// if there are no children, then recursion ends:
for (i = 0; i < count; i++) // make recursive call:
[self visitNode:[childrenToVisit objectAtIndex:i]];
}
 (void)printData:(Node *)node {
// this is just an example  in reality you might do something useful!
NSLog([node description]);
}
To traverse an entire tree, you would simply start the recursive process at the top of the tree by calling our method with the root node as the argument:
[self visitNode:_rootOfTreeNode];
Note that to perform a postorder traversal, you just move the “printData” (our placeholder for the action we wish to perform on any node) to the bottom of the method:
 visitNodePostorder:(Node *)node {
NSArray *childrenToVisit = [node children];
unsigned i, count = [childrenToVisit Count];
for (i = 0; i < count; i++)
[self visitNodePostorder:[childrenToVisit objectAtIndex:i]];
// now visit the current node:
[self printData:[node data]].
}
Stacks and Stacks of Stacks
So how does this all work? Every programming language that supports recursion (including Objective C) maintains a stack of information about parameters and local variables for each time a procedure, function, or method is called. When a procedure is called, the information is pushed onto the stack; when the procedure exits, the information is popped from the stack.
Given the tree pictured in Figure 1, let’s mentally walk through what’s happening. First we call visitNodePostorder: on the root node (node A), placing this method call on the stack. Node A has 3 children so we call visitNodePostorder on the first child (node B), pushing that call on the stack. Node B has 2 children, so we call visitNodePostorder on the first child (node C), placing that call on the stack. We then call the method on node C’s first child, node D. Now the stack is 4 deep, but this final node is a leaf, so we call printData on node D. We’re back in visitNodePostorder:C and the second child (node E) is called, increasing the stack to 4 again. Since it is also a leaf, we print it, pop the method call, and we’re back down to 3. Now node C will print itself, and we’re down to 2 deep in the stack. The second child of node B is a leaf, so we go 3 deep, and after printing, we’re at 2 deep. Node B is then printed, and then we’re back to the first frame in the stack (node A), on the second iteration of its for loop. Since the second child (node G) of the root node is a leaf, it gets printed, and we’re on the third child. And so on for the rest of the tree.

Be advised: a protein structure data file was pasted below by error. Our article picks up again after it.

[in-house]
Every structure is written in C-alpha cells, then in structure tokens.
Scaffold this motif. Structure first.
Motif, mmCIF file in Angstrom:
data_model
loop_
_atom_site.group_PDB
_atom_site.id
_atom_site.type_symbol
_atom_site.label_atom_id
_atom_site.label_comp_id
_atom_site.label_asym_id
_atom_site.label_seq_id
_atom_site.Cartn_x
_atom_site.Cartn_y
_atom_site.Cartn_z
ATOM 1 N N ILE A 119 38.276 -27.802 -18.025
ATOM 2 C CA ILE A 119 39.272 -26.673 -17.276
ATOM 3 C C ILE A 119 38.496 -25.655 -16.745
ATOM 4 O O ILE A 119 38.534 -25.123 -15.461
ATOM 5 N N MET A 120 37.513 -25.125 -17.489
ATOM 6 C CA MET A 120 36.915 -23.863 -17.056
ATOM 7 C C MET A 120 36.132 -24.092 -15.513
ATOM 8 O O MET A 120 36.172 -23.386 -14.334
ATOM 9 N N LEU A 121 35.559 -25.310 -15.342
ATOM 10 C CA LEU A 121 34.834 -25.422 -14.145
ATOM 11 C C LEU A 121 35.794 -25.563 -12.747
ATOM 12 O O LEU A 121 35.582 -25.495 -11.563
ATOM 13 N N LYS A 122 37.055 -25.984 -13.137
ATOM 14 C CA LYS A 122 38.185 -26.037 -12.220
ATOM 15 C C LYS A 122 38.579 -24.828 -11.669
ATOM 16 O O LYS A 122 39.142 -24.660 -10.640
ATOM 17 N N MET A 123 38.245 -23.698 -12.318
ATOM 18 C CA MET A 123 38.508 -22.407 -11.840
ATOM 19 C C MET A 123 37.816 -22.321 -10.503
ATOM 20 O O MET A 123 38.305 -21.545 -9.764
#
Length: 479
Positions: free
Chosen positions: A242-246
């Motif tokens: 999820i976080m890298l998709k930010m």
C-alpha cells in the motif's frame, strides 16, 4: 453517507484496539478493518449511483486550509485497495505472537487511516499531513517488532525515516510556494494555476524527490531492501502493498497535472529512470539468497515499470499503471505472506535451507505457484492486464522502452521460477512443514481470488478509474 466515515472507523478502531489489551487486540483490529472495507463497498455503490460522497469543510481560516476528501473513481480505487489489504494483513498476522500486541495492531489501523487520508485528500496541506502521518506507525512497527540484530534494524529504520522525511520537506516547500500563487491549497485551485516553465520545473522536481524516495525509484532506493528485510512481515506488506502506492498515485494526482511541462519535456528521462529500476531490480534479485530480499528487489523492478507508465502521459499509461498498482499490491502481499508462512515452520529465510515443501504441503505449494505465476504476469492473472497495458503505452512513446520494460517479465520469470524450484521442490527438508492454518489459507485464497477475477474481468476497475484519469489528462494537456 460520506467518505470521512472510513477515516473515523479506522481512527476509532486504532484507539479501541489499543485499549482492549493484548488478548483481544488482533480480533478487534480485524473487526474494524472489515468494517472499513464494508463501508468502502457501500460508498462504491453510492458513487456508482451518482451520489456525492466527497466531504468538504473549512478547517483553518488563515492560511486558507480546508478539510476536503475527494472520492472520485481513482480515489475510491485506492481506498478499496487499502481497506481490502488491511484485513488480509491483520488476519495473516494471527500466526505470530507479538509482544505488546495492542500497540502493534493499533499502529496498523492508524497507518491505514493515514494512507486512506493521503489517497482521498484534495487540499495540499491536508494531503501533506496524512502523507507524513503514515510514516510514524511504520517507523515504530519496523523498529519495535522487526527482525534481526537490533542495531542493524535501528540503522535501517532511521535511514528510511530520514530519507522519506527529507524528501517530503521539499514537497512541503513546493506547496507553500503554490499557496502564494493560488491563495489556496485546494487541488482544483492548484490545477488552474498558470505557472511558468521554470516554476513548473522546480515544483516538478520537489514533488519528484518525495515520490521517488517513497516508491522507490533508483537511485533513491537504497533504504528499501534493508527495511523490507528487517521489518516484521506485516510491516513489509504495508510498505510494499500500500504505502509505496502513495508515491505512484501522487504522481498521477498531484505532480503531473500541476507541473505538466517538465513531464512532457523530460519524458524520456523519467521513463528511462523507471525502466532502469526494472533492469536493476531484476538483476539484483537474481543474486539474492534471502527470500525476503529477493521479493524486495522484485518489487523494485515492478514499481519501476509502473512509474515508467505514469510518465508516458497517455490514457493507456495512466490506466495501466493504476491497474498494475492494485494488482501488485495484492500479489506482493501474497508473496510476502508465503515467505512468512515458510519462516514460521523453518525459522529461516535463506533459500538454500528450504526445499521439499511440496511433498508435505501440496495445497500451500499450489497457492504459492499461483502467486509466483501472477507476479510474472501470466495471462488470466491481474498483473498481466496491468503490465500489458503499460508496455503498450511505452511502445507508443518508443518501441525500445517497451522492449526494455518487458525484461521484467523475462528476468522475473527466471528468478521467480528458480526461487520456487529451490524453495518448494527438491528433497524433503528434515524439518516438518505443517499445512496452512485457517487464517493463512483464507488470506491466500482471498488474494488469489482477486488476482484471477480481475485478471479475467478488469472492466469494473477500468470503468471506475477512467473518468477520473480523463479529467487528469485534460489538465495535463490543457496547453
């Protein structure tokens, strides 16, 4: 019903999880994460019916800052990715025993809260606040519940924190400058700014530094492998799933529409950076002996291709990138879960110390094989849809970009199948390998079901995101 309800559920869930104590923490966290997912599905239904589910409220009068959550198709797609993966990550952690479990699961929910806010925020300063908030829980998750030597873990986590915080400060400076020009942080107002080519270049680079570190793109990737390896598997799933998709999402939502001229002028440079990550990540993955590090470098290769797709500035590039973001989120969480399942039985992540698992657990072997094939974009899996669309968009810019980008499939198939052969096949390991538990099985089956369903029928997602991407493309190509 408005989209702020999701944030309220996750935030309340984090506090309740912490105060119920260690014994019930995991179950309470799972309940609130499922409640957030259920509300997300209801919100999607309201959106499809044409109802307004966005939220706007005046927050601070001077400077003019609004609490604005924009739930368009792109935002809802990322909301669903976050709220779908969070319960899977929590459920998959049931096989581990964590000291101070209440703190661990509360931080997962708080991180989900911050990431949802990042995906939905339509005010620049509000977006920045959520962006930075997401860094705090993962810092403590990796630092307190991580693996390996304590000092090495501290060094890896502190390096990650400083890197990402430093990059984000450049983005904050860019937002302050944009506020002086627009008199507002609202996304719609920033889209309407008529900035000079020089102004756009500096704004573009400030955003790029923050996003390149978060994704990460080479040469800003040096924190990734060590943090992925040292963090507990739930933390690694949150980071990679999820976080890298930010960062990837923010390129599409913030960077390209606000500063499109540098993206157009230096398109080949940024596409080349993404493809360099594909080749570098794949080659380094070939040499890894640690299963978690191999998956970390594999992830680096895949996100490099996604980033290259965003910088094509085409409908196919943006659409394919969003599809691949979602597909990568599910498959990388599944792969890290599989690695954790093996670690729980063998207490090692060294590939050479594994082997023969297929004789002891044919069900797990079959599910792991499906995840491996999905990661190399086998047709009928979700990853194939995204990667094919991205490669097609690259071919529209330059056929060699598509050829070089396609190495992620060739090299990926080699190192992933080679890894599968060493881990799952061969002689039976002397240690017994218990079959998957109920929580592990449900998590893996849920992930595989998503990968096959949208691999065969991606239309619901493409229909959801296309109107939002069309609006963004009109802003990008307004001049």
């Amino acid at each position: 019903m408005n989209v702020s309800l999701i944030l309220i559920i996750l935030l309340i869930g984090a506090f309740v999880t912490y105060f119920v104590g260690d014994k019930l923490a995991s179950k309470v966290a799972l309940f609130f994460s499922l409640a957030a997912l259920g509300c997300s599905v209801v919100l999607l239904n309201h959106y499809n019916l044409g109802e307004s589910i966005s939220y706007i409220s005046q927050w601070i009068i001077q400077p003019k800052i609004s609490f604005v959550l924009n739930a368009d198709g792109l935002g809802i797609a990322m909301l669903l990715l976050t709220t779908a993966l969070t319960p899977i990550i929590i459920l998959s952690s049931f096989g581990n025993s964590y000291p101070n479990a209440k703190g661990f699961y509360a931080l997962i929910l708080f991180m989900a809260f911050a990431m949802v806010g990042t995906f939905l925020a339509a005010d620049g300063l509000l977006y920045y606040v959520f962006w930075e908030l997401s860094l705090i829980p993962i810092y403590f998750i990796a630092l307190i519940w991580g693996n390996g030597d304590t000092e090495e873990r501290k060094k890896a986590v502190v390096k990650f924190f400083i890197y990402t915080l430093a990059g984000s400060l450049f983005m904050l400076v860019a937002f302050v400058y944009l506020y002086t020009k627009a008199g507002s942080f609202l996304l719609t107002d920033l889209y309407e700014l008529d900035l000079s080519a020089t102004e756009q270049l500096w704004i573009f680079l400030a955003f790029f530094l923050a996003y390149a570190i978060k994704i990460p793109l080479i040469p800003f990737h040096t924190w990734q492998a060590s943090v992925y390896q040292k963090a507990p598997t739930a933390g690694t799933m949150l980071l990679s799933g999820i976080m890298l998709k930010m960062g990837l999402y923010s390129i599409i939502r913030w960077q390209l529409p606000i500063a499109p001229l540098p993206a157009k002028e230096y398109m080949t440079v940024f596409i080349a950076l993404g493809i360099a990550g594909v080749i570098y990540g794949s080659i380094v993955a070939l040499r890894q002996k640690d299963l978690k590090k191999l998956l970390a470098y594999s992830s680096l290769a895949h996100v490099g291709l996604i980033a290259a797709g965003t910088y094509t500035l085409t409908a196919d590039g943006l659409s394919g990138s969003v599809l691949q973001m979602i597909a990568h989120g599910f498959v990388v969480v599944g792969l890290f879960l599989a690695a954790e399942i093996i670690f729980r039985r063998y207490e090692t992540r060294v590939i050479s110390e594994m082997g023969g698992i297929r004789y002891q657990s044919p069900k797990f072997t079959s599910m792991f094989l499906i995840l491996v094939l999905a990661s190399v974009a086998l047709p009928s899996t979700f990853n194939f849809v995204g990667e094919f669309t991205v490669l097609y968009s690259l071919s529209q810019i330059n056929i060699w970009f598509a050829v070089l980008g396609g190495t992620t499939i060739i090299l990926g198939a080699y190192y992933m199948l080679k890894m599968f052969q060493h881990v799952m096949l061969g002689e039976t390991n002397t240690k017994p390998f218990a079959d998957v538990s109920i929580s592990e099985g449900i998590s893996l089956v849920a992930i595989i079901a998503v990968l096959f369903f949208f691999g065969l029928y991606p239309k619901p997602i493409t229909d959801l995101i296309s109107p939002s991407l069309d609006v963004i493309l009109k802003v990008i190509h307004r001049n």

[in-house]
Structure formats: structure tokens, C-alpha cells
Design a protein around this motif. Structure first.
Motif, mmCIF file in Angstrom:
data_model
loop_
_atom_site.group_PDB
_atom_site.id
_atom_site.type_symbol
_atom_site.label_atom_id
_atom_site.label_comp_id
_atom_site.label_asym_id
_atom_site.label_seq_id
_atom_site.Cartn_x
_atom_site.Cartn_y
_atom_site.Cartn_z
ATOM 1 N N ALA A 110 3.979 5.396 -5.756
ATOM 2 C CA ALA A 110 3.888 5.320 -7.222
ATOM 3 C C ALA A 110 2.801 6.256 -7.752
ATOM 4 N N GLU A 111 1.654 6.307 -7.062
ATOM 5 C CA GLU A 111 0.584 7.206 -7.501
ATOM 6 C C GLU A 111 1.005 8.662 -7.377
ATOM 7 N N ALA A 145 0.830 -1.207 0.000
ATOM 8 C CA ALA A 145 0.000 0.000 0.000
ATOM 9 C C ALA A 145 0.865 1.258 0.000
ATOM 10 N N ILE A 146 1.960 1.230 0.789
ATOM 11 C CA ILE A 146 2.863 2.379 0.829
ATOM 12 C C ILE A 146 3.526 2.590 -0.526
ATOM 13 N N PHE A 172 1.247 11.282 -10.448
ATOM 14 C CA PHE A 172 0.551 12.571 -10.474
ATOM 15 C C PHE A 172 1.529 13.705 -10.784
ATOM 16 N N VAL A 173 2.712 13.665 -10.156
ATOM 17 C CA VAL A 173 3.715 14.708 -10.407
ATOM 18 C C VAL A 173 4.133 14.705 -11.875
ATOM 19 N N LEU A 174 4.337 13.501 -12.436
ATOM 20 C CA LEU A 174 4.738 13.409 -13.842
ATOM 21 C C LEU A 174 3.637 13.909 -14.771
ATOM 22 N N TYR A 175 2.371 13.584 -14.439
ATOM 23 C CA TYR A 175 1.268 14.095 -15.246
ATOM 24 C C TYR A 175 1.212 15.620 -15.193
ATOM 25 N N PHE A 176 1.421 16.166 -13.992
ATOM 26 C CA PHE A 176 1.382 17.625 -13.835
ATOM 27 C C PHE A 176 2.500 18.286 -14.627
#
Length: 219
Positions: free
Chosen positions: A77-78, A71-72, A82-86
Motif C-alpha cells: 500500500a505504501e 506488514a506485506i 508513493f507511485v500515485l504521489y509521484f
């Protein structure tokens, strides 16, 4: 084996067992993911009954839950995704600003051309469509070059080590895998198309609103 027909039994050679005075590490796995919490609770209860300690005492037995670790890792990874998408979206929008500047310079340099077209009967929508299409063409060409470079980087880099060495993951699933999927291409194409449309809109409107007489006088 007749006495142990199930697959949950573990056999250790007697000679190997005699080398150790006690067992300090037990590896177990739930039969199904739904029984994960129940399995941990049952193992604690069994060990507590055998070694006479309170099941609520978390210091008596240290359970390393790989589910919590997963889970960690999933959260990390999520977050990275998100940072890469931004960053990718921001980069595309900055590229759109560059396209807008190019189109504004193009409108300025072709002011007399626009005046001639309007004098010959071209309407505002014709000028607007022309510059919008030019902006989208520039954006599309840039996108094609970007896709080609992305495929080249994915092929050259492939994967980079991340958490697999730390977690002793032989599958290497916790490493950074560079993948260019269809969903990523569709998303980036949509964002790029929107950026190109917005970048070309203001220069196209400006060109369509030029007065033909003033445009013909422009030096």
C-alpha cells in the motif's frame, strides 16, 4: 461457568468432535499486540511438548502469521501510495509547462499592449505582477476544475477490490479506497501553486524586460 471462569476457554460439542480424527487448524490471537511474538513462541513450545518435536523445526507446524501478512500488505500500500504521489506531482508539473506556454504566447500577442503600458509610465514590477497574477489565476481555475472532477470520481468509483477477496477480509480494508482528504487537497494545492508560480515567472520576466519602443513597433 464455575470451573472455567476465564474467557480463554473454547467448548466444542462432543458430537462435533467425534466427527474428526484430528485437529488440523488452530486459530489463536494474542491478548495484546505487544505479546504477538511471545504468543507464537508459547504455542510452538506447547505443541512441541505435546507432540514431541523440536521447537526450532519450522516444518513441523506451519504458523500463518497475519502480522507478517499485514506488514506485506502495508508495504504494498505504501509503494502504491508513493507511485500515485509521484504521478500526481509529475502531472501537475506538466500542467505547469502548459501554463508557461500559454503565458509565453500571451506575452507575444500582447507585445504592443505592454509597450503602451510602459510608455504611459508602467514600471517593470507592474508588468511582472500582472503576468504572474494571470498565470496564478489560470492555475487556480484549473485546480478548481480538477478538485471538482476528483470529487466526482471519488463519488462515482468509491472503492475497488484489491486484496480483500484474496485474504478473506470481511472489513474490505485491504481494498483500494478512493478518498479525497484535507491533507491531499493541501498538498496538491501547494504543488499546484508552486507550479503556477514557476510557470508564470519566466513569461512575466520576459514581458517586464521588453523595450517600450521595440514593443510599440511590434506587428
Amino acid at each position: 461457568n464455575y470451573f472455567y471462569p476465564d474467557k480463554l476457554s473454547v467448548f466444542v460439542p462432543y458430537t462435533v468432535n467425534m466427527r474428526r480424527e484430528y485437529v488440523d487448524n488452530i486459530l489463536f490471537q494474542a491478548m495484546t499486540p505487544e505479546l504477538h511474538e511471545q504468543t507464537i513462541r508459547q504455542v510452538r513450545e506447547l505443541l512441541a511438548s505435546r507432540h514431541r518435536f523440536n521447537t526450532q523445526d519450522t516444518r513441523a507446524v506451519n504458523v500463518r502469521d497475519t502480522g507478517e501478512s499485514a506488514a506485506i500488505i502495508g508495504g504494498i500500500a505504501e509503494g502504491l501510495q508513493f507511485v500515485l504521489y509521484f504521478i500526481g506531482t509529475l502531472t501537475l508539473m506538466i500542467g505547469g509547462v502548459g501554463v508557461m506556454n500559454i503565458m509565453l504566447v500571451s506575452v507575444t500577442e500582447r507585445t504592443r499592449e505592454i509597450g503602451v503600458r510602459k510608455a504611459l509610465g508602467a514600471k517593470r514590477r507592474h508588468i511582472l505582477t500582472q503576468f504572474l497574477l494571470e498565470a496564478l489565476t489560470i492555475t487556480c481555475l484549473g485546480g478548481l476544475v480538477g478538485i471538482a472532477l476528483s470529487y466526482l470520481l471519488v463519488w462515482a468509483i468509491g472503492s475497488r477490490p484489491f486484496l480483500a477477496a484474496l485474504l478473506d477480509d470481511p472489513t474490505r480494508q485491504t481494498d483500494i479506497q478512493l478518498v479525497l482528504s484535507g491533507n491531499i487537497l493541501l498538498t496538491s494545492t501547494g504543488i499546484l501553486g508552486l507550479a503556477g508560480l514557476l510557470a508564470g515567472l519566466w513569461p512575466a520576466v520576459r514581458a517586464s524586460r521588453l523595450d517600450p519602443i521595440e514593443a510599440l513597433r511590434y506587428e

So, you can see that the stack will grow to the depth of the tree. If you are working with very deep trees and you’re concerned with implementation efficiency and want to avoid the overhead inherent in making method calls, you can remove the recursion by managing your own stack of variables. However, this results in much more complex, less elegant, less maintainable code. I’d avoid it in all but the most extreme situations.
Conclusion
As programming challenges arise, remember this recursive jewel I learned many years ago in Computer Science school: if you cannot tackle a problem, divide it into smaller problems which you can tackle. Eventually you’ll have wittled the problem down to something manageable, and applying this recursive problem solving tool will usually result in a readable and maintainable software solution.
Andrew Stone is founder of Stone Design Corp <http://www.stone.com/> and has spent 14 years writing Cocoa software in its various incarnations.